Samsung just reinvented the Nokia Communicator

samsung communicator
The original foldable: the Nokia 9300 Communicator. Image credit: Andrey Blumenfeld / Shutterstock.com

Last week, Samsung showed the form factor within which it thinks that a folding screen will be most applicable, and in doing so has reinvented the enterprise-focused iconic Nokia Communicator.

Most importantly, Samsung confirmed that the screen would be going into mass production in the coming months, confirming that either it intends to launch a device itself or that it has a customer that has guaranteed volume.

However, Samsung also doubled down on the awful Bixby, which I think will continue to make its excellent hardware products less attractive to consumers.

Samsung announced three areas of focus for Bixby going forward:

Devices: More of Samsung’s devices such as TVs, refrigerators, tablets and so on will start shipping with Bixby integrated at the factory. Unfortunately, this will make it harder for long-suffering Samsung fans to turn it off or get rid of it all together.

Samsung also expects that third-party products will also be launching products with Bixby. I think that in reality, this means only Harman due to the fact that Samsung owns the company. There is no rational or economic (other being paid large amounts of money by Samsung) for any independent entity to implement this over Google Assistant, Amazon Alexa or the independent SoundHound.

Languages: Bixby will now support five new languages leaving it still miles behind its competitors. One of these is British English, which hardly counts a new language in my opinion.

Open platform: Samsung will open the platform to the developer community so that developers can make use of Bixby in their own apps. Samsung is also launching a marketplace where Bixby specific services can be enabled to consumers. This is just like the repository of skills offered by Amazon Alexa and Google Assistant.

Bixby is now Samsung’s “singular commitment to AI”, which I continue to believe is doomed to failure. This is because Bixby has to compete with Google Assistant which sits on the home key of every Google ecosystem device that Samsung makes in that regard it is woefully inadequate. In every single assessment that I or others have made, Bixby is hopelessly outclassed by almost the entire field of its competitors.

Consequently, in the long run, owners of Samsung TVs are going to want something else on their TVs and fridges etc other than Bixby.

All of Samsung’s devices outside of smartphones and tablets are running Tizen which means that Bixby will be all one gets. I think that this reinforces my view that the more Bixby’s increases its reach, the less attractive Samsung devices become.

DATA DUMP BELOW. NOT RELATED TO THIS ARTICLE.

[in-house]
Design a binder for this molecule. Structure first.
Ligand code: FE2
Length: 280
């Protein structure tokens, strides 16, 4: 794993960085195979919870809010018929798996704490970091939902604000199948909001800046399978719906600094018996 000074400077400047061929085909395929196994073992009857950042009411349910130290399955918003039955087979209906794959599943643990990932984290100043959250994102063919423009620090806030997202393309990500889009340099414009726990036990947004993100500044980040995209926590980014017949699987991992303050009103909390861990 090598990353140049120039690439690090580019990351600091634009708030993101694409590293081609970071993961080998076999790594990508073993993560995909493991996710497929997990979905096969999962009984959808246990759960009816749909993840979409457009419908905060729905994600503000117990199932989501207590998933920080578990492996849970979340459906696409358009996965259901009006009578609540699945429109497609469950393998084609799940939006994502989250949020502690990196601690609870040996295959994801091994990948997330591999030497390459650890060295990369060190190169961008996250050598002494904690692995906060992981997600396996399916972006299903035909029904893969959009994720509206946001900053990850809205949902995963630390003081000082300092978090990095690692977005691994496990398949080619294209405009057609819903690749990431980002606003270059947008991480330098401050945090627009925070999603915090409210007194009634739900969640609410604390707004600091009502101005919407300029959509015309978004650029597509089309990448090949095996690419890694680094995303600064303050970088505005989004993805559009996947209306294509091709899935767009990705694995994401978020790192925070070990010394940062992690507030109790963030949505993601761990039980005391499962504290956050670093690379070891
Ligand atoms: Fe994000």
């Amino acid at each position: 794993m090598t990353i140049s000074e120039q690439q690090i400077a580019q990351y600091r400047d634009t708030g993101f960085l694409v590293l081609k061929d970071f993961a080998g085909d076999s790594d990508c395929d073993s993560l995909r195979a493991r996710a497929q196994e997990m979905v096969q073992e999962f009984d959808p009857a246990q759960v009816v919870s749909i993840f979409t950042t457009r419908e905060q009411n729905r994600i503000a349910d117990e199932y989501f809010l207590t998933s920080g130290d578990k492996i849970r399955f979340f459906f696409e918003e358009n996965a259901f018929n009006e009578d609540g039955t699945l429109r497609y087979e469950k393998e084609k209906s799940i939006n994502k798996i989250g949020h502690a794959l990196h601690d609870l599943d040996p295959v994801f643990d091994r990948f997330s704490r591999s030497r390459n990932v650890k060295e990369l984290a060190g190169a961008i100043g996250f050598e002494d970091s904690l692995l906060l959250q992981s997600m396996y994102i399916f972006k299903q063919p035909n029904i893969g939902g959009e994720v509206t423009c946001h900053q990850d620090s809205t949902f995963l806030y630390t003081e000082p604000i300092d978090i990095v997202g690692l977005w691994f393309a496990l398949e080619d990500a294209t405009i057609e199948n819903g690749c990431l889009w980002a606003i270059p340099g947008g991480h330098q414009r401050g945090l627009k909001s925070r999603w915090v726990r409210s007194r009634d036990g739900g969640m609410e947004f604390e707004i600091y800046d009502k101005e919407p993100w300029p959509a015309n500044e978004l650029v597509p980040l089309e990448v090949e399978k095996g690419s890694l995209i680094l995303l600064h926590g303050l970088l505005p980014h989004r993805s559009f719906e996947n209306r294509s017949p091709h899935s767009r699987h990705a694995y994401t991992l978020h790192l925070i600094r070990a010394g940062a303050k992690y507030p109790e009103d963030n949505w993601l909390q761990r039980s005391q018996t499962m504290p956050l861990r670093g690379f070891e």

Samsung is under real threat here, because the Chinese are quite happy to make very high-quality Google Assistant enabled TVs, and Huawei is starting to close the gap on Samsung in terms of market share in smartphones.

Consequently, I believe that the sooner Samsung abandons Bixby and focuses on what consumers want, the better its chances will be of keeping the Chinese at bay.

Folding screen

Samsung showed a device with a fully flexible folding display that effectively reinvents the Nokia Communicator from 1996.

The tech press has been quick to diss the innovation, but I think that its reporters are not old enough to remember the Nokia Communicator, which was available from 1996 to 2007. This was an iconic device that was beloved of the enterprise community in the early days of email and productivity applications on mobile devices.

The new form factor presented by Samsung is a folding device that opens up into a 7.3” tablet shaped screen. Pundits were quick to quick to point out that this shape is useless for consuming media which is almost always 16:9 or wider, but I think that this is missing the point. This will be an productivity-focused enterprise device, which justifies the shape of the internal screen as well as what is certain to be a very high price.

It will be relatively low volume (as enterprise-focused devices always are) that is effectively a trial balloon to see how popular it is with the bleeding edge and early adopters.

I think that this form-factor has a shot at triggering another product cycle for the smartphone. However, to do so, it will have to be barely thicker than a smartphone is today, as well as offer a great user experience for consumers as well as the enterprise.

The Nokia Communicator was iconic for the enterprise, but never made it to the consumer. In this regard, Samsung has to be different, but given its world-leading expertise in displays, it has a chance.

This is an innovation that could drive Samsung’s financials going forward. This is in stark contrast to the awful Bixby which has the scope to do just the opposite and should be immediately abandoned.

This article was originally published at RadioFreeMobile

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1 Comment

  1. The Communicator never made it to the consumer because it was (almost literally) the size and general heft of a housebrick. That said, it was a wonderful thing – it felt like a device from the future… not sure a foldy tablet will be quite so exciting…

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